I made a road trip recently to visit a few Pre-Depression Era modelers here in the great Southwest. I had been threatening to visit one of them for a couple of years and the timing worked out. It was a lot of driving across miles and miles and miles of desert, but it was worth it!
As a railroad modeler, I answer many questions about this hobby. A regular question from other modelers has been, why model 1926? This sounds simple, doesn’t it? Just explain why I model a specific year. Oddly, I’ve been trying to write this for three weeks and it comes up a little different with each new version. I think I finally like how this has turned out so I better post it before I change my mind, again. Besides, I have models to build!
In May, I returned to Morgantown, WV, to celebrate with my daughter and daughter-in-law as they received degrees from West Virginia University. Before hitting the road, I contacted Michael Hohn to coordinate a visit. Michael and I have been long time members of the Mon Valley Railroad Historical Society, and we have bounced home layout ideas around. A visit date was set up quickly.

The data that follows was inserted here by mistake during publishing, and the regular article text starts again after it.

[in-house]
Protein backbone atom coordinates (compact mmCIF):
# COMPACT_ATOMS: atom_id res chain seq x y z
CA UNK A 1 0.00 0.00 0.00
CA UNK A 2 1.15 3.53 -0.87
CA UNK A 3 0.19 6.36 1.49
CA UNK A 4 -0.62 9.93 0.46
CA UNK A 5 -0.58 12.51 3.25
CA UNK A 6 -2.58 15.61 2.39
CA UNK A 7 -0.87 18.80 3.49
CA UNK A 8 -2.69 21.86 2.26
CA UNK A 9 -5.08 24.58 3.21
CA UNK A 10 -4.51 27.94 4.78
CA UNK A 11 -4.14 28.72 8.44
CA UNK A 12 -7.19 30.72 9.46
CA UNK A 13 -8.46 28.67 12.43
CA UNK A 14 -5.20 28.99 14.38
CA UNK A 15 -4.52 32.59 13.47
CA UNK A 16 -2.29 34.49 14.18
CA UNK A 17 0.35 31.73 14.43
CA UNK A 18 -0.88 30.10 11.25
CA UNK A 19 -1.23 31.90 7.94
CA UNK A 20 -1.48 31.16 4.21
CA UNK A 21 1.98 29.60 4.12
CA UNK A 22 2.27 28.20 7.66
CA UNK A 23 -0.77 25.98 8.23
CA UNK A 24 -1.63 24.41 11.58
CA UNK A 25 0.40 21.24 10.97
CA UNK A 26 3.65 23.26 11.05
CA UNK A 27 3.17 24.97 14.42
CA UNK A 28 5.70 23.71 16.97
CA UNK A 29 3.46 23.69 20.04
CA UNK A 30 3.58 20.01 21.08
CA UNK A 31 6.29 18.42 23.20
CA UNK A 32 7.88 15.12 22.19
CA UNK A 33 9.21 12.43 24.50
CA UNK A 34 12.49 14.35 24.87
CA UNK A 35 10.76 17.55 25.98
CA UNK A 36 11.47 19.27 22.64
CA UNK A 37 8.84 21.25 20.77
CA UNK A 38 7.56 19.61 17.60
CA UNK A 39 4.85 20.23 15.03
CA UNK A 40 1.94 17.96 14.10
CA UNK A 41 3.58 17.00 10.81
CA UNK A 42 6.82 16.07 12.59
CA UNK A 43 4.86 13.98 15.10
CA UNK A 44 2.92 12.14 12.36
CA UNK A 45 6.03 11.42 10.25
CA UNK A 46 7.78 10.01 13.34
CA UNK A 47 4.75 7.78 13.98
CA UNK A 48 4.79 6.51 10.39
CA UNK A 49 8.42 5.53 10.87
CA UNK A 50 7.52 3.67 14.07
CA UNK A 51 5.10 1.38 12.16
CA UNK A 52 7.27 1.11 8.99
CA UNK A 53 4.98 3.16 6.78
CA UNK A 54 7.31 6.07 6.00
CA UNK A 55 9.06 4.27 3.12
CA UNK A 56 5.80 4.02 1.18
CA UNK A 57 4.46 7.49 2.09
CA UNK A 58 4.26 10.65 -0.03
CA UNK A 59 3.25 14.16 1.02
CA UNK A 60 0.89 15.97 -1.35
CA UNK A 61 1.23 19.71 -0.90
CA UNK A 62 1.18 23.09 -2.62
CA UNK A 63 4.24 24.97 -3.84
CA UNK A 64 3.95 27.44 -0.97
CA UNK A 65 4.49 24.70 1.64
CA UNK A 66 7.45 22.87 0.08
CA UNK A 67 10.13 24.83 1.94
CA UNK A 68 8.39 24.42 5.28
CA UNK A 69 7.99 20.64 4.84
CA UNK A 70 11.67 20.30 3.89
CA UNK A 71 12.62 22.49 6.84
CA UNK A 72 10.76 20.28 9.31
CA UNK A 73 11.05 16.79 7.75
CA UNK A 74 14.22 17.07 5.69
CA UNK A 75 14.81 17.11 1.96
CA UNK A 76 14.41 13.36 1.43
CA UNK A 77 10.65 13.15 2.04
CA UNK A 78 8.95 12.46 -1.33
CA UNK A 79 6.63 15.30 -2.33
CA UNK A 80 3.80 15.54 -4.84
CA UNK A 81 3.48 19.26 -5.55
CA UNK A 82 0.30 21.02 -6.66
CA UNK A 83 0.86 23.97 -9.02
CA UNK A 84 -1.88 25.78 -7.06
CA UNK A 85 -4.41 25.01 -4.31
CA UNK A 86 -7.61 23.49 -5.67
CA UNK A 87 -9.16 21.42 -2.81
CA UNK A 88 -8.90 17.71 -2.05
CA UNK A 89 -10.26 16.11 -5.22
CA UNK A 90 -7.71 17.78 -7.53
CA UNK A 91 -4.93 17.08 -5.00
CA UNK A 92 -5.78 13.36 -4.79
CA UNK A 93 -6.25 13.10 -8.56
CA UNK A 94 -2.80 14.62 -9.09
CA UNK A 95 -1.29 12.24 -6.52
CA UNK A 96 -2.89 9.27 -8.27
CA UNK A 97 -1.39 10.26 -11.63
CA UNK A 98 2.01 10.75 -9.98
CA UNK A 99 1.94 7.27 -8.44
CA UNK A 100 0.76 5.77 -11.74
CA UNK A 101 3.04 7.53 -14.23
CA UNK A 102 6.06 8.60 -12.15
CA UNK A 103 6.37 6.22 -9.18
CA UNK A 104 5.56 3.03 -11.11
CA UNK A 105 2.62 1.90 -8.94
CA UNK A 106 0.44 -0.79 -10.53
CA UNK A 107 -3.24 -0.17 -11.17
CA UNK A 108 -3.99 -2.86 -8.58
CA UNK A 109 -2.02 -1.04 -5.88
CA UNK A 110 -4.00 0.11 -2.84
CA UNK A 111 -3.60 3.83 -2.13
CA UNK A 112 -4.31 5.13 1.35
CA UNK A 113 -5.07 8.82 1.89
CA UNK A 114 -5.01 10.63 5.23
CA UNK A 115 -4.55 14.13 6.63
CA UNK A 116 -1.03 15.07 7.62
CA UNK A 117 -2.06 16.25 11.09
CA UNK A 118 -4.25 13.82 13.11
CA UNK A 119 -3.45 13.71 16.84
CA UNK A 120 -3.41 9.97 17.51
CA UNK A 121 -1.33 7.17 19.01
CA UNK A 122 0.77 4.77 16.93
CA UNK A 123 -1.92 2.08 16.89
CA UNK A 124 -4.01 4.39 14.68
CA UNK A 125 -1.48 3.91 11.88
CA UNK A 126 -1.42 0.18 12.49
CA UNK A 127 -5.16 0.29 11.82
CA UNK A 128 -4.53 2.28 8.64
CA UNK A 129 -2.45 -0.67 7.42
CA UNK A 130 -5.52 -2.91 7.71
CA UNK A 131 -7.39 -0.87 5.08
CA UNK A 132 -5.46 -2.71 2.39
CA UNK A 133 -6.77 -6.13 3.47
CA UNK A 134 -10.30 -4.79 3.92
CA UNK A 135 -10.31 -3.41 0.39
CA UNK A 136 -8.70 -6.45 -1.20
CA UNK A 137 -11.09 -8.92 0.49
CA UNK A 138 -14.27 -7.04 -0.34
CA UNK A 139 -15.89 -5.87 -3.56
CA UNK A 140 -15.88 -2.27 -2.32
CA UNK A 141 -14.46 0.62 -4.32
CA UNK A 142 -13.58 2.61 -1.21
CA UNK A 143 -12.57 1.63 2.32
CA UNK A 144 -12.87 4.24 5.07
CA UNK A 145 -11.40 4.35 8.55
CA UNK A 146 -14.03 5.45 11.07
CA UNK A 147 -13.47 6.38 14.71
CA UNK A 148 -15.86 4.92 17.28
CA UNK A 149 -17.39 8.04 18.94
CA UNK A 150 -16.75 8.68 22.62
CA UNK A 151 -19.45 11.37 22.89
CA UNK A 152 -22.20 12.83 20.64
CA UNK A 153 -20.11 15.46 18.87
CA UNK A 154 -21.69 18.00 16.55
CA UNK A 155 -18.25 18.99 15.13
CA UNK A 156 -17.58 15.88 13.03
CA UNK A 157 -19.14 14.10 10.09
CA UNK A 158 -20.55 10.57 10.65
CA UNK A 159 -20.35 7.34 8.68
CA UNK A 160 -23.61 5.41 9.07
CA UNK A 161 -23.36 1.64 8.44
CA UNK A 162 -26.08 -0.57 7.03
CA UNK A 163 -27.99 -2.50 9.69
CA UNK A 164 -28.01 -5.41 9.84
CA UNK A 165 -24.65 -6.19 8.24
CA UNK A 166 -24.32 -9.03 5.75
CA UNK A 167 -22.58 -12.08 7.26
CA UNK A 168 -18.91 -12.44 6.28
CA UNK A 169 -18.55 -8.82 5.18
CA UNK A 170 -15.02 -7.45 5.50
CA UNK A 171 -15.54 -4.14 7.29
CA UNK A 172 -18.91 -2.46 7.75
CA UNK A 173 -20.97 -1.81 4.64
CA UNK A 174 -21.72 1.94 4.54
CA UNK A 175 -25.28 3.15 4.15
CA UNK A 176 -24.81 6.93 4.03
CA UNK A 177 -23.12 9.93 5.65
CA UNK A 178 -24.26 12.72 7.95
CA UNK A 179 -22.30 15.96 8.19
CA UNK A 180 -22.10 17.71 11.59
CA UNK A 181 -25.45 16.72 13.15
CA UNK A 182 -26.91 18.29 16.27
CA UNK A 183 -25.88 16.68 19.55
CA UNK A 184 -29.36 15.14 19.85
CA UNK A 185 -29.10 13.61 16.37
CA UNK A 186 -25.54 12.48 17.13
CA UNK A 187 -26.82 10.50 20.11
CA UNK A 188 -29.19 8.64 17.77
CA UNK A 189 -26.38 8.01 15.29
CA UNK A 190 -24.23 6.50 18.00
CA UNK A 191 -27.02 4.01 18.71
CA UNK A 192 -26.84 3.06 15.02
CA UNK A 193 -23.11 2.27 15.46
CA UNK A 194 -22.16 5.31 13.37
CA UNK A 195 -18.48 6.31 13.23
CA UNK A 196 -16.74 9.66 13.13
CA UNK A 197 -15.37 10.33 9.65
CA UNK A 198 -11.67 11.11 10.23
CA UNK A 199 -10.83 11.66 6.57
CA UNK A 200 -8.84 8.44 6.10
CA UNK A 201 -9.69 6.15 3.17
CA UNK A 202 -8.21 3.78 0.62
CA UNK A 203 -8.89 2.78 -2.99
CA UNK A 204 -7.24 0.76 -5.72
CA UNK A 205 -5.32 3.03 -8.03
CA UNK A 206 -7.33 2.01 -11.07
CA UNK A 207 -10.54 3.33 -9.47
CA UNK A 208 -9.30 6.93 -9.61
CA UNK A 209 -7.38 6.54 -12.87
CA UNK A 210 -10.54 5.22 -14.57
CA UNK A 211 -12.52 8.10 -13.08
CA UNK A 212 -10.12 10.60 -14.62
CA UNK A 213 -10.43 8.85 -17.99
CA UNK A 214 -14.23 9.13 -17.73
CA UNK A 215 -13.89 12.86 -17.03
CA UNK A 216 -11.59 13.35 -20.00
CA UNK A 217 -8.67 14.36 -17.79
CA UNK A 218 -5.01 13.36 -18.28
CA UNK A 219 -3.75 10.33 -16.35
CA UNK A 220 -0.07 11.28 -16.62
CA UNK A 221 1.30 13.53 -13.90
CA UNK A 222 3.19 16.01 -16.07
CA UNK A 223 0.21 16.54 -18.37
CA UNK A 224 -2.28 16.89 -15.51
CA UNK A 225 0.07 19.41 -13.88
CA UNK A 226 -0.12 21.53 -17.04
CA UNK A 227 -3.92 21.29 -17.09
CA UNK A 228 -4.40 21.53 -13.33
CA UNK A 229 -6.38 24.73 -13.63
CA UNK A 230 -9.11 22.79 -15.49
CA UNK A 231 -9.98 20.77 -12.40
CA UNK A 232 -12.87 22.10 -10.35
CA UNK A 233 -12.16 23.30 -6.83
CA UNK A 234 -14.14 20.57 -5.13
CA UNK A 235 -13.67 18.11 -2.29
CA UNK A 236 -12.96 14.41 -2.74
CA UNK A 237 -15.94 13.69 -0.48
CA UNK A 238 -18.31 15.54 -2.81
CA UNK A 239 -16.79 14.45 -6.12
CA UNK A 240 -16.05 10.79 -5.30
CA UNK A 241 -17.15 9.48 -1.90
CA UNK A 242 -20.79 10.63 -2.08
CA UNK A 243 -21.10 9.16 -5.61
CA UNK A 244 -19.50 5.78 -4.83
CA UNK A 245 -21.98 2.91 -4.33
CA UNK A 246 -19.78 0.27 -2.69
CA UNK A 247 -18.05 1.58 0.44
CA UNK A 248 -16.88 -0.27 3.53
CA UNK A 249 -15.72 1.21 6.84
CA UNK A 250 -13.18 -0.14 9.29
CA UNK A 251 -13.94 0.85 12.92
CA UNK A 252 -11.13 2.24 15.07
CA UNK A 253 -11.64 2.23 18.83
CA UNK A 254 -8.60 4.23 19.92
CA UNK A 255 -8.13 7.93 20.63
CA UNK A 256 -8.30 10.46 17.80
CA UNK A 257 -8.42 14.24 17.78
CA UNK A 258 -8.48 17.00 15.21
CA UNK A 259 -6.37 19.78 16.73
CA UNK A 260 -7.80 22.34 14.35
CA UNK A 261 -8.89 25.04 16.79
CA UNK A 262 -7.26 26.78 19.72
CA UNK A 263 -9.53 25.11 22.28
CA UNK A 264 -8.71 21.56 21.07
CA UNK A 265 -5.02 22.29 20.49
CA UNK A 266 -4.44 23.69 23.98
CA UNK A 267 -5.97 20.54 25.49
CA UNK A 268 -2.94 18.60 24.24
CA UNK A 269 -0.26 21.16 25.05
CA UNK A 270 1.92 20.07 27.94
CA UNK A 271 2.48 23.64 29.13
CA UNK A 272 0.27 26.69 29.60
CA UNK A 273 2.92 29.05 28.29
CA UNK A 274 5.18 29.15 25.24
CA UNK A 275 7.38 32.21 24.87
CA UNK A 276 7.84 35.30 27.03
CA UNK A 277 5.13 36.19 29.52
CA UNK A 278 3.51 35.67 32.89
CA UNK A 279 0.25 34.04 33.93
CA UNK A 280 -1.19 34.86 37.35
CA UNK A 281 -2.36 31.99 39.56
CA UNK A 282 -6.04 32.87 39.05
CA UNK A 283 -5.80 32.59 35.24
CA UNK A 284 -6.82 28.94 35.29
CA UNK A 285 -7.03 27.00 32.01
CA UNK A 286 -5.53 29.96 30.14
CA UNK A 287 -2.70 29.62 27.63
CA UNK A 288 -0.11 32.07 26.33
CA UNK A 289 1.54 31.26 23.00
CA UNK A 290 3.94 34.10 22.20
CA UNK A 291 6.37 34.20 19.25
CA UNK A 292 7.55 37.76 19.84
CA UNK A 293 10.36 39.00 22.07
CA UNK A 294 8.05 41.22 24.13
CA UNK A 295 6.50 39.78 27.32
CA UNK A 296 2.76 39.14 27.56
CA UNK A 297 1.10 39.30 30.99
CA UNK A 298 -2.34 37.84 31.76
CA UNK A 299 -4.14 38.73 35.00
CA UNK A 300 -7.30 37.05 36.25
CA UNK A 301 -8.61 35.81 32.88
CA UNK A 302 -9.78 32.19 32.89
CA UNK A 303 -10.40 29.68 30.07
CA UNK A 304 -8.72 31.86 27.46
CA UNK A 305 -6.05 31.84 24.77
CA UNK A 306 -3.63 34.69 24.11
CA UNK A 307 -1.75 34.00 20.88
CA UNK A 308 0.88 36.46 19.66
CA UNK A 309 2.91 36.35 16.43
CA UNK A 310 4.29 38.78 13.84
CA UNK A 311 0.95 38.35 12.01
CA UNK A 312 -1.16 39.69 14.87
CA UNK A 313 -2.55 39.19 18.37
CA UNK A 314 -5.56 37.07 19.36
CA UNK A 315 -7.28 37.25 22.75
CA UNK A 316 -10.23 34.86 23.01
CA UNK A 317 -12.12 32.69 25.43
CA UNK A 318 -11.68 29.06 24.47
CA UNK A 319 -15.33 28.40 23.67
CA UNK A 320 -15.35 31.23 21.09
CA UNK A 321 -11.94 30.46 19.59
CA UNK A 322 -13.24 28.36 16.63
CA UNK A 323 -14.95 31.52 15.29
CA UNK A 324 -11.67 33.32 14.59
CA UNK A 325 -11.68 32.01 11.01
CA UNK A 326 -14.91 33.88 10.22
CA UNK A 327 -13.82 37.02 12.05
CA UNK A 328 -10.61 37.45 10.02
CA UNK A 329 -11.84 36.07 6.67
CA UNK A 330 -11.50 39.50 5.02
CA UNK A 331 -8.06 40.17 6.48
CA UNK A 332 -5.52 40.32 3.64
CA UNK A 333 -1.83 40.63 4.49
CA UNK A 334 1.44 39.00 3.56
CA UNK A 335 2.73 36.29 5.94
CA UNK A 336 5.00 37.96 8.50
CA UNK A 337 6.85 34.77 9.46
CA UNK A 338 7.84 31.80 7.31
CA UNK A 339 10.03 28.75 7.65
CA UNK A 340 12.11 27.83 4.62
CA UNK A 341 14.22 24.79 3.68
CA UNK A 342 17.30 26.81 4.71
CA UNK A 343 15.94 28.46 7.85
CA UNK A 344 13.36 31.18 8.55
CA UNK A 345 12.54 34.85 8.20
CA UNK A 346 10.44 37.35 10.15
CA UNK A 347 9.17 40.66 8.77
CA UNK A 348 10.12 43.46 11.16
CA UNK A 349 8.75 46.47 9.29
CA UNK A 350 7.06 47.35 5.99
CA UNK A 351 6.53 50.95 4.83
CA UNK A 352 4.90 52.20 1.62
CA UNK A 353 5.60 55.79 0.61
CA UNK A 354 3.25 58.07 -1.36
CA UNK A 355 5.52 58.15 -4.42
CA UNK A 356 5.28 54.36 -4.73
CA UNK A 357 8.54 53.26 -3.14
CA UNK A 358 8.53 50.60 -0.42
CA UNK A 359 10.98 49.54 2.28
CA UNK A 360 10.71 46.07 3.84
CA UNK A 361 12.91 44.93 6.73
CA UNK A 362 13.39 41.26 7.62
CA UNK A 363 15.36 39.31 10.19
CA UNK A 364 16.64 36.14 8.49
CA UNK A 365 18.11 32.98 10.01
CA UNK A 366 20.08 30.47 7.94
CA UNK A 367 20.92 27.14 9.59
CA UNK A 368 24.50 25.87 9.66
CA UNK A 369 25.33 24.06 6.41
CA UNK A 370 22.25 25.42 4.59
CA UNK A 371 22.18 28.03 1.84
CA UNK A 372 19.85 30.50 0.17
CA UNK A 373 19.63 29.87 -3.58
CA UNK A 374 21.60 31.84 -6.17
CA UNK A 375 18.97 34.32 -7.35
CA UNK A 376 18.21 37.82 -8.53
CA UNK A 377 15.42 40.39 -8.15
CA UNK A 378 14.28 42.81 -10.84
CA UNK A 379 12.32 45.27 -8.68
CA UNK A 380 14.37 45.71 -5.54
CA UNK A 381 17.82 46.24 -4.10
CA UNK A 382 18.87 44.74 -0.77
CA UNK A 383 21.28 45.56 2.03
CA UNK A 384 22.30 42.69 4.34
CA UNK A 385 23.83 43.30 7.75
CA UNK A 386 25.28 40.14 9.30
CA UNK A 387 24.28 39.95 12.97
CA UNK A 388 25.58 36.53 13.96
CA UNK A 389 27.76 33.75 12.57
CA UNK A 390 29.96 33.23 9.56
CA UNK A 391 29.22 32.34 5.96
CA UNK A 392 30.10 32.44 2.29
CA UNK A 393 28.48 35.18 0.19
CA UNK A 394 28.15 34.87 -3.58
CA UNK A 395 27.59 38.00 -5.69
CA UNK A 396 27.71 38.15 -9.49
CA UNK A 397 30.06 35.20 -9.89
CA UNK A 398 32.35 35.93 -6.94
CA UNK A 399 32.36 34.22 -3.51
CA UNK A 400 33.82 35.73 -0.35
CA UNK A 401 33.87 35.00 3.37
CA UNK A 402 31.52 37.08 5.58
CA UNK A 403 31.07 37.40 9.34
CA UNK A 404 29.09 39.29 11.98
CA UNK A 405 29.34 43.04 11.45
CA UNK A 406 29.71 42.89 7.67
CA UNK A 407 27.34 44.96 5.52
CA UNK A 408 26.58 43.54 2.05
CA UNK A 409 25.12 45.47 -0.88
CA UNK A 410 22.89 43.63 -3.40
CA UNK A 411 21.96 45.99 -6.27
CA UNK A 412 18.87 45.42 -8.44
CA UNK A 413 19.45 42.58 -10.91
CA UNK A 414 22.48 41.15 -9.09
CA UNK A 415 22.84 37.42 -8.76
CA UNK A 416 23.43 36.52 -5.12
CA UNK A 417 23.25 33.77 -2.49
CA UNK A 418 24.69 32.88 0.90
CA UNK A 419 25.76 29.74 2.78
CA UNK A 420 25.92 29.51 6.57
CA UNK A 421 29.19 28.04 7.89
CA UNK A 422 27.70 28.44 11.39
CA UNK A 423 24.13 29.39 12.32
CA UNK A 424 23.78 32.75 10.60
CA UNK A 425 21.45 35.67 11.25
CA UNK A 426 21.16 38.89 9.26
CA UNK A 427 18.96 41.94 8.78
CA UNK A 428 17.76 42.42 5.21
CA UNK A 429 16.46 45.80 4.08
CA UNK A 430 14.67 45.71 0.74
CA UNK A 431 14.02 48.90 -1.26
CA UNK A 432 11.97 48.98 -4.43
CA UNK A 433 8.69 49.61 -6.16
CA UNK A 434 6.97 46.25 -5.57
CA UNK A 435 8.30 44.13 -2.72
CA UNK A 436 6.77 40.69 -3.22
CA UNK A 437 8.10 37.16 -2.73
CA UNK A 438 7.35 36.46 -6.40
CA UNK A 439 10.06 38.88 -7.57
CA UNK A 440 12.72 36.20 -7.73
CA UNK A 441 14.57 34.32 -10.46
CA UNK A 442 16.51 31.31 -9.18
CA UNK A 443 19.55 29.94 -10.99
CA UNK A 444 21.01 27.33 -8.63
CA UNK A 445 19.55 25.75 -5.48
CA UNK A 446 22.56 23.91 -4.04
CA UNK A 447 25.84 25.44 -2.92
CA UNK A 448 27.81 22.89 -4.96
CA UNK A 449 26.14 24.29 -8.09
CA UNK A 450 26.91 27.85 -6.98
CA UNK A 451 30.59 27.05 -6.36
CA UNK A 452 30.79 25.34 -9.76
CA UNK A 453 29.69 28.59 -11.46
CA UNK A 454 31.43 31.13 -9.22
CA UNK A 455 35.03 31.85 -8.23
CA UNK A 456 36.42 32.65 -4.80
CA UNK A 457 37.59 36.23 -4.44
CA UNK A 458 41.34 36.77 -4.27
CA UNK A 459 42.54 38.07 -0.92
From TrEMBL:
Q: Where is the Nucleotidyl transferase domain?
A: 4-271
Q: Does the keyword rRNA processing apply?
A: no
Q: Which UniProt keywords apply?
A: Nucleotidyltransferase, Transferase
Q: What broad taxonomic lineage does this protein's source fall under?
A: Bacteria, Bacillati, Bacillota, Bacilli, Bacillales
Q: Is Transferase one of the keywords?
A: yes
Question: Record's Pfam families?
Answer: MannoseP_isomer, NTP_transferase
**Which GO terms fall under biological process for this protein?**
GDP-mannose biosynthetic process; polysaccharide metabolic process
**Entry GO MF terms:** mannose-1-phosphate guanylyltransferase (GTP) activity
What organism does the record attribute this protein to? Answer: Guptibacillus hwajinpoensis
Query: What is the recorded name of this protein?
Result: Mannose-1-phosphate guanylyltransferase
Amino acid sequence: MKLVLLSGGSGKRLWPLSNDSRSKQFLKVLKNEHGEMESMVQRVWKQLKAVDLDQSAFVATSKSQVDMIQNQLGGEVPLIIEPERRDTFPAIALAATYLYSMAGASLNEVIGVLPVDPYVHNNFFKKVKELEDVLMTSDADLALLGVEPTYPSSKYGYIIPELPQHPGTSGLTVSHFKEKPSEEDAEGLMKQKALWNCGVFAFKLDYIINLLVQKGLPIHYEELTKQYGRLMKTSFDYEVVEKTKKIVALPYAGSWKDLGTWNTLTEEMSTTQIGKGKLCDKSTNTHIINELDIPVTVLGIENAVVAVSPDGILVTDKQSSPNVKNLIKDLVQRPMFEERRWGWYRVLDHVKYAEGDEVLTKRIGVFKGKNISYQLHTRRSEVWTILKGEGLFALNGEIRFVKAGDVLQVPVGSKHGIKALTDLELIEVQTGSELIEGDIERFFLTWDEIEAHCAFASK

Recent Internet searches have led me to a new string of customers that were served by the Wheeling Freight Terminal. It seems wrong to call these the product of a search as I actually just stumbled into related details. Note the tall buildings in the background of the image above. These structures constituted a block that all had docks along the tail track that accessed the team yard. I had wondered about these buildings before, but there was little info at hand when the layout was being designed in 2012. Click on any image here to review a larger size.
As has been confirmed on the recent Model Railcast Show, I’ve chosen the Baltimore & Ohio Wheeling Freight Terminal layout design for my next project. Overall the smaller scope of the project just seemed to fit the room better than the sinewy Wheeling & Lake Erie line that winds through industrial Newburgh, Ohio. I do hope to model that line at some point, but this space is just shy a couple of feet in both directions make it work well. The narrow 15 inch benchwork of the Newburgh design meets the railroad operating needs but limits the scenic scope of the urban fabric that is a mutual component of that rail corridor. I will put those ideas aside for now and hope they can be reconsidered in another house a year or two down the line.